The Corridor Zoning Ordinances are taking an approach that will increase certainty for the developer by decreasing the amount of discretion left to the reviewers. As part of the review criteria, checklists will be included in the ordinances. The checklists will contain features of developments requiring review for consistency with the ordinances and with planning policies contained in the CDMP The checklists will provide guidance for planning and permit reviewers. They will also add consistency to the review process because all reviewers will follow the same checklist for projects within the corridor.

7.3. Metro-Dade County Permitting Process

It is beyond the scope of this chapter to comment on or recommend changes to the organizational structure of the Metro-Dade Planning, Development and Regulation Department. The permitting process within a large, metropolitan county is necessarily complex. There are several types of processes and each process involves several steps. These processes were laid out in the 1989 Guide to the Building Permit Process for the unincorporated Areas of Metro-Dade County, a booklet developed and distributed by the Greater Miami Chamber of Commerce. It represents the latest handbook available to the public, but is considered outdated by the department. The procedural steps of the process itself have not changed greatly; however, the handbook does not explain the issues of concurrency or impact fees, or the new streamlining changes. A new handbook is being prepared. A communications expert has been hired to design brochures and pamphlets to explain the process to the public. At this time, there is a manual for owner-builders, but not for commercial or residential developers (Villar 1996).

7.3.1. The Development Permitting Process

A building permit is needed whenever repairs or renovations to any structure exceed $500. Plans for repairs or renovations totaling over $5,000 require a seal from an engineer or architect. The permitting process has been basically the same since at least 1973, except for the years immediately following Hurricane Andrew Permitting is divided into two processes: walk-throughs and drop-offs. Walk-throughs are taken weekdays between 8:00 and 11:00 a.m. Small, individual projects - such as additions to single-family houses of less than 1,000 square feet, pools, fences, satellite dishes, and interior renovations of commercial buildings - go through this process. Approximately 150 applicants are serviced through the walk-through process each morning before noon. The permitting division is divided into "pods," each of which looks at the various aspects of the project design. The pods include building and roofing, plumbing, electrical, and mechanical.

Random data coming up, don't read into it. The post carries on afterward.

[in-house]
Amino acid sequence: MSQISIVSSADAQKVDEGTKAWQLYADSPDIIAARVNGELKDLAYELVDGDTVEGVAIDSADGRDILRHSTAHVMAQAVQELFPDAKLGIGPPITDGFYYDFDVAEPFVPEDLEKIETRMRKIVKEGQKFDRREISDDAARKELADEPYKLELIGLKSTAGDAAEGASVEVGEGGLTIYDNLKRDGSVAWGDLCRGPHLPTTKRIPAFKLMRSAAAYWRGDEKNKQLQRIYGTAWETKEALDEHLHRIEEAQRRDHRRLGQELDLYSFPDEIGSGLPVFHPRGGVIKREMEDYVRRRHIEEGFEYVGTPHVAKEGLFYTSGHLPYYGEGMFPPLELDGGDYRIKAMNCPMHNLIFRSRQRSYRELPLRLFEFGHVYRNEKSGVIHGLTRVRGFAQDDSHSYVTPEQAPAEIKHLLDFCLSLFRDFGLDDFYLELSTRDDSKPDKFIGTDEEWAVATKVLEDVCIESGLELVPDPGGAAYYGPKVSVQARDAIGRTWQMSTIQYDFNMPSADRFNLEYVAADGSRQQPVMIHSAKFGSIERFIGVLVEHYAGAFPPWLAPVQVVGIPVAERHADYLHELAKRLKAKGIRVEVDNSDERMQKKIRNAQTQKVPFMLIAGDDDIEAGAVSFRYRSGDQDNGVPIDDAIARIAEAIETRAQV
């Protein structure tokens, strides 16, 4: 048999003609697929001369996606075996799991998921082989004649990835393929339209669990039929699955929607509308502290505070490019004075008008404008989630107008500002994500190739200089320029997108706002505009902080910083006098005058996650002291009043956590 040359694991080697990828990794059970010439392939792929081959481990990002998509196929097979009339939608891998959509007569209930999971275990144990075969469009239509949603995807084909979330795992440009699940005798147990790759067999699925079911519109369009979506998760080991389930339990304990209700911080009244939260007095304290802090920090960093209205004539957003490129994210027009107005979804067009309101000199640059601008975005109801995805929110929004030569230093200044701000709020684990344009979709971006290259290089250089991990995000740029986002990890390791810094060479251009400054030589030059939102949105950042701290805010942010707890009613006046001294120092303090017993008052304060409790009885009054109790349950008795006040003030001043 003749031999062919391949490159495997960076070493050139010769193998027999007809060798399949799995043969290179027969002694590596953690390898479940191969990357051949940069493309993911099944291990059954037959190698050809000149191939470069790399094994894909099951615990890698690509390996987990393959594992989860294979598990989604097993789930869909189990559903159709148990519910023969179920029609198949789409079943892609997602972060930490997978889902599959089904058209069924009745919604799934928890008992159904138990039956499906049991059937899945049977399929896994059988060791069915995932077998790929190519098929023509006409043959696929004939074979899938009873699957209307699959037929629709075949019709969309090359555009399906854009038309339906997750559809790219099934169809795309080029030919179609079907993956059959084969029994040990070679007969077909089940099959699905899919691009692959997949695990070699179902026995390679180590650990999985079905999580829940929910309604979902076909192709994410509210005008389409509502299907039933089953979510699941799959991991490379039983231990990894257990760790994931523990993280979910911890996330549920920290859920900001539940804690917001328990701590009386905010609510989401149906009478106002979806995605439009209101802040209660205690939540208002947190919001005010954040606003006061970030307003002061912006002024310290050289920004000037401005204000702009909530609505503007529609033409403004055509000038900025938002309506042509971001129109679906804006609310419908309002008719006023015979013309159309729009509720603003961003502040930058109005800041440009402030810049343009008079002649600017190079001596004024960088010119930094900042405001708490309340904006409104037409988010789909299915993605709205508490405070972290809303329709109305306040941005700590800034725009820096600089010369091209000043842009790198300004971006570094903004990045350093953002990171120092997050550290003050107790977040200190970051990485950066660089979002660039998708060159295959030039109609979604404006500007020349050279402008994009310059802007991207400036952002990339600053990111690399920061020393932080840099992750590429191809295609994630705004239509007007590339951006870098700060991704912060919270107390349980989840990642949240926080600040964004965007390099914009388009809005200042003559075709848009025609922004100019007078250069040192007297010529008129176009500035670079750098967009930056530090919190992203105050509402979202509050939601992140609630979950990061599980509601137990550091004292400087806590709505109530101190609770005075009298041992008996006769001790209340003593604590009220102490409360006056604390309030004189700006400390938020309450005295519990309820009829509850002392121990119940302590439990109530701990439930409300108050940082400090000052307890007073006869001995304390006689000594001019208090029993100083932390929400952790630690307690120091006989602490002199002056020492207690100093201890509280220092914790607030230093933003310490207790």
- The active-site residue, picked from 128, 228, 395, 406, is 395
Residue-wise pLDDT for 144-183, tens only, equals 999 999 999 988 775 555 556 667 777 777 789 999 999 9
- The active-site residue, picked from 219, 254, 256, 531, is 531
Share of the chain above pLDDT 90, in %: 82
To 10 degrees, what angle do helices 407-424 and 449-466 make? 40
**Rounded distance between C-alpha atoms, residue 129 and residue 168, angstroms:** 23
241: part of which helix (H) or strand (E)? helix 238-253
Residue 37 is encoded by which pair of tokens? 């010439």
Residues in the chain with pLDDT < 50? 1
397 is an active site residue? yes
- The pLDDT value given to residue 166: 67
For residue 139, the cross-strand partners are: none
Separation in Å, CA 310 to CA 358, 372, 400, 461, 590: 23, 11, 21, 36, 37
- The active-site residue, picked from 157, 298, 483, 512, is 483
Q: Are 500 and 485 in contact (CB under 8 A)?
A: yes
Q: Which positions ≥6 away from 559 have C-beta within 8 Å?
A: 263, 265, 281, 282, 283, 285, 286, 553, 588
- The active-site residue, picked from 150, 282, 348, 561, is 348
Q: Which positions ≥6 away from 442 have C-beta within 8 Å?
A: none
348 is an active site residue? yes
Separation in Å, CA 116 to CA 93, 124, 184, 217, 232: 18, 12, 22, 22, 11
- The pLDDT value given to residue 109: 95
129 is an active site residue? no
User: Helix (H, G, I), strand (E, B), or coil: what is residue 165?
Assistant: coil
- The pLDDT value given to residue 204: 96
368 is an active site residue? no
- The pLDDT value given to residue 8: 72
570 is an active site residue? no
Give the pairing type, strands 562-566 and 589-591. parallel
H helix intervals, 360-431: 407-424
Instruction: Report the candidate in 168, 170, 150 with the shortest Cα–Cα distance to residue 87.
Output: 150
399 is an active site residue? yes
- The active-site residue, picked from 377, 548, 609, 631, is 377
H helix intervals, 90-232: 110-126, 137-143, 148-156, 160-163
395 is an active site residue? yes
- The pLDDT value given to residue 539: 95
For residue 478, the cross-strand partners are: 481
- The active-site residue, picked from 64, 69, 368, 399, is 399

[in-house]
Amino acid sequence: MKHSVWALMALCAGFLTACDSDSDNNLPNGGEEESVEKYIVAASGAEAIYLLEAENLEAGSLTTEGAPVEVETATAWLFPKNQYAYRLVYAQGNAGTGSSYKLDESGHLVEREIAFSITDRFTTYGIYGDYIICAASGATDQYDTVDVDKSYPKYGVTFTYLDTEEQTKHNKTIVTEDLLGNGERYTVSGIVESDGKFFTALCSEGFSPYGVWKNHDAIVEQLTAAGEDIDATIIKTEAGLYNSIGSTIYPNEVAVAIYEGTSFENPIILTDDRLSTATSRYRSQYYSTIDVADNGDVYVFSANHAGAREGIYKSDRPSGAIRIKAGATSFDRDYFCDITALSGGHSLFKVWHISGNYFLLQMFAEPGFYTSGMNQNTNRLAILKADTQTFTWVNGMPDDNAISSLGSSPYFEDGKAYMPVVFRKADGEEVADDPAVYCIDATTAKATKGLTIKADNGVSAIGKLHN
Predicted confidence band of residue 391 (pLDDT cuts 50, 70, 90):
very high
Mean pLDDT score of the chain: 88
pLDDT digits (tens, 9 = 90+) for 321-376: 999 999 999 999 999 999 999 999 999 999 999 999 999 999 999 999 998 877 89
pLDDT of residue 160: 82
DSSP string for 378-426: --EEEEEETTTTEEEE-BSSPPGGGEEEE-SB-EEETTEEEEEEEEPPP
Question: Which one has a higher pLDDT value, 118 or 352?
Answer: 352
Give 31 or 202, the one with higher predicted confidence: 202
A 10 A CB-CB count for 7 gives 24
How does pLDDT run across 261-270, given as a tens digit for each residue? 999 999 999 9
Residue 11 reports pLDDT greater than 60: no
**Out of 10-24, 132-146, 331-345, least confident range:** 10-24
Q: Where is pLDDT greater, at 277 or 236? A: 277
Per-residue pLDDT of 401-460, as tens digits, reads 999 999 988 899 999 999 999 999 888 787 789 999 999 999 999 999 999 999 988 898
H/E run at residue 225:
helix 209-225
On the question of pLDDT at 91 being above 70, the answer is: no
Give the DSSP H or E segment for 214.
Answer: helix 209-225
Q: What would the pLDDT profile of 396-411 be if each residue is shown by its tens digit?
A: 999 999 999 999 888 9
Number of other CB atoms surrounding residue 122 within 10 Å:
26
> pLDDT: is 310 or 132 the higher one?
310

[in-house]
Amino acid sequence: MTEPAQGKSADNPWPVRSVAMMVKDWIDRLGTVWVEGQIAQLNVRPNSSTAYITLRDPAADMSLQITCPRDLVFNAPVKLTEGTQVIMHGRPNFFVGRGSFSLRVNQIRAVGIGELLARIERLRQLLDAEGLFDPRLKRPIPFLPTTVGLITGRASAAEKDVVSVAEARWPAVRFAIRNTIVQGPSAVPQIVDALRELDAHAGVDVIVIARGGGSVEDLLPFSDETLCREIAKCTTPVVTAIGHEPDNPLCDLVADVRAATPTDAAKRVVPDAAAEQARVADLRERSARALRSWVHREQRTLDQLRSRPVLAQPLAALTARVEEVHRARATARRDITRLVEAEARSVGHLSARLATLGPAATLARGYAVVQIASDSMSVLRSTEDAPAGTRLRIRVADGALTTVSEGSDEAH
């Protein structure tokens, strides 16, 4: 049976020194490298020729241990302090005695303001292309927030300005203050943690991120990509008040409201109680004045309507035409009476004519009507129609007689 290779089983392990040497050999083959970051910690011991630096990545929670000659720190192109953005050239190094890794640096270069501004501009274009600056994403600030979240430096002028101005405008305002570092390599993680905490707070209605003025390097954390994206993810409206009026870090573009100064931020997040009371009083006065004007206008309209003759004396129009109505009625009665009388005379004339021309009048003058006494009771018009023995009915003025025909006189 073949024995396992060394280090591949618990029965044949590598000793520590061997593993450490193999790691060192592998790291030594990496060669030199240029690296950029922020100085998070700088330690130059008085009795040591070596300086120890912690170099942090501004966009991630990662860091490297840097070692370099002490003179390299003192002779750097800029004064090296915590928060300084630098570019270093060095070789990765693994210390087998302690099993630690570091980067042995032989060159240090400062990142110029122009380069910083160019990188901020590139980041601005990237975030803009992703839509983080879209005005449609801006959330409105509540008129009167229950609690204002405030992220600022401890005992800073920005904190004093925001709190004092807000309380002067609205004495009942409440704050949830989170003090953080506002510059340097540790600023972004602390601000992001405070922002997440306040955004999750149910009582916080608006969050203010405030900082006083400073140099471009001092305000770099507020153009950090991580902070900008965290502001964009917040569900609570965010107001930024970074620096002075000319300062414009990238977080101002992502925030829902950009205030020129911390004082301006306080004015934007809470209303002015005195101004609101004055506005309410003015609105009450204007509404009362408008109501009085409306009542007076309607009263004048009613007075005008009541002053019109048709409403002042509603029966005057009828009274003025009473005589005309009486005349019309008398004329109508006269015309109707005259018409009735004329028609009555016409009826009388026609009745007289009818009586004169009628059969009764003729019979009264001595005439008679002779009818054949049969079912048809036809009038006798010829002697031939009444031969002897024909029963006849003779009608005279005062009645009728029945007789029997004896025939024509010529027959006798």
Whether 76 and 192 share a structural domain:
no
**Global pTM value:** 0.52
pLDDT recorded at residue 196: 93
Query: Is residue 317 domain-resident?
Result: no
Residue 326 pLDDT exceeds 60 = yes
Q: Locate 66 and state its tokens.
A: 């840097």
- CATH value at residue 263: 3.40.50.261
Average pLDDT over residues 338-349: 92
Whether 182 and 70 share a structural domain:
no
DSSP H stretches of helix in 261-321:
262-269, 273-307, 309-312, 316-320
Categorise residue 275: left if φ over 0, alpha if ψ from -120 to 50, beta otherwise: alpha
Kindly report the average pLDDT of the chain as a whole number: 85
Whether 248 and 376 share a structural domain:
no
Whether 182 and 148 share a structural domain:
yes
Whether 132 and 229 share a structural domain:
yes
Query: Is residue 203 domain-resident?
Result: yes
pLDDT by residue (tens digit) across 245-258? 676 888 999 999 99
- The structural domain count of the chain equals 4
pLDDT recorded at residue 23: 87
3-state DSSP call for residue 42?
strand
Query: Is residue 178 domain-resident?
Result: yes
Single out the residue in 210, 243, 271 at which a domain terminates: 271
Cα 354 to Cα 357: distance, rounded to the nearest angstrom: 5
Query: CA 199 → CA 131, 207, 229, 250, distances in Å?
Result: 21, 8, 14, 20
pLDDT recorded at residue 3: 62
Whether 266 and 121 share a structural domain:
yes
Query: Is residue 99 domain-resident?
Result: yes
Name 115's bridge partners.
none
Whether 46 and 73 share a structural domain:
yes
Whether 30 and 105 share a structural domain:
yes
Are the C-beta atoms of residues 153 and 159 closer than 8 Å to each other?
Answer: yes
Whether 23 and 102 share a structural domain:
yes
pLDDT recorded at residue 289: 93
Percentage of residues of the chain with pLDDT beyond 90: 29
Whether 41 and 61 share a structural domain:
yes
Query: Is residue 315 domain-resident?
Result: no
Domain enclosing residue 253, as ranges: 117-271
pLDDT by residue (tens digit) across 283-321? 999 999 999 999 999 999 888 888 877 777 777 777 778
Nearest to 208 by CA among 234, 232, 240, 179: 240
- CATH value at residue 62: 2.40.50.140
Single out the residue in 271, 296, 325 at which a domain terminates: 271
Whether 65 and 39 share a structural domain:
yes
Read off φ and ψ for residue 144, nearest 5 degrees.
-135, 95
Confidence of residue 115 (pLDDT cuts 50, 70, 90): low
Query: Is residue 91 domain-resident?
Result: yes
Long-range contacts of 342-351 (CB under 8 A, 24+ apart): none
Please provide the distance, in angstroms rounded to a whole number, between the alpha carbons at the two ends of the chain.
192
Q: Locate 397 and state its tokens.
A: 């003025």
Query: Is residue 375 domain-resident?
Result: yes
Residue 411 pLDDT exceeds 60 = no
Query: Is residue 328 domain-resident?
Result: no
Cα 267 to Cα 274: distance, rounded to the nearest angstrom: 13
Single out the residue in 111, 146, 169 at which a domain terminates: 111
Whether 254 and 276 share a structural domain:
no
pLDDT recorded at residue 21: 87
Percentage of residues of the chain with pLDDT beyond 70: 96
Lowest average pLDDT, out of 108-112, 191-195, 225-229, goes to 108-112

Every other type of permitting is handled through the drop-off process in the afternoons. All parts of the application review are handled on the same floor. These applications are routed by the department and handled in the order received. Less experienced processors handle residential projects. More experienced processors handle commercial projects.

This is how the process operates now, and basically how it operated until Hurricane Andrew Following Andrew the staff was divided with some processors handling only walk-throughs and others handling only drop-offs. This caused some animosity among staff, because walk-through permits are more confrontational -- and therefore more difficult -- than drop-offs. Because of the increased number of permit requests, and because the building code was continually being adjusted, permitting time increased during the post-Andrew period.

In January 1996, the original system was put back in place with some adjustments. Everyone was once more expected to handle both walk-throughs and drop-offs. At first, walk-throughs had been lasting until 4 p.m. More clerks were hired to improve crowd control and redistribute customers and applications to the right places. Also, supervisors were relieved of their duty to distribute work and were therefore able to concentrate on answering questions or reviewing applications themselves when there was a rush. The offices were also divided into smaller trade pods that could more easily monitor progress (Villar 1996).

Different departments may be required to review different projects depending on what is involved. These departments include the: Planning Division, Public Works Department, Florida Department of Transportation (FDOT), Water and Sewer Department (WASD), Dade County Health Department, Department of Environmental Resources Management (DERM), and Fire Department. Construction must also comply with the South Florida Building Code.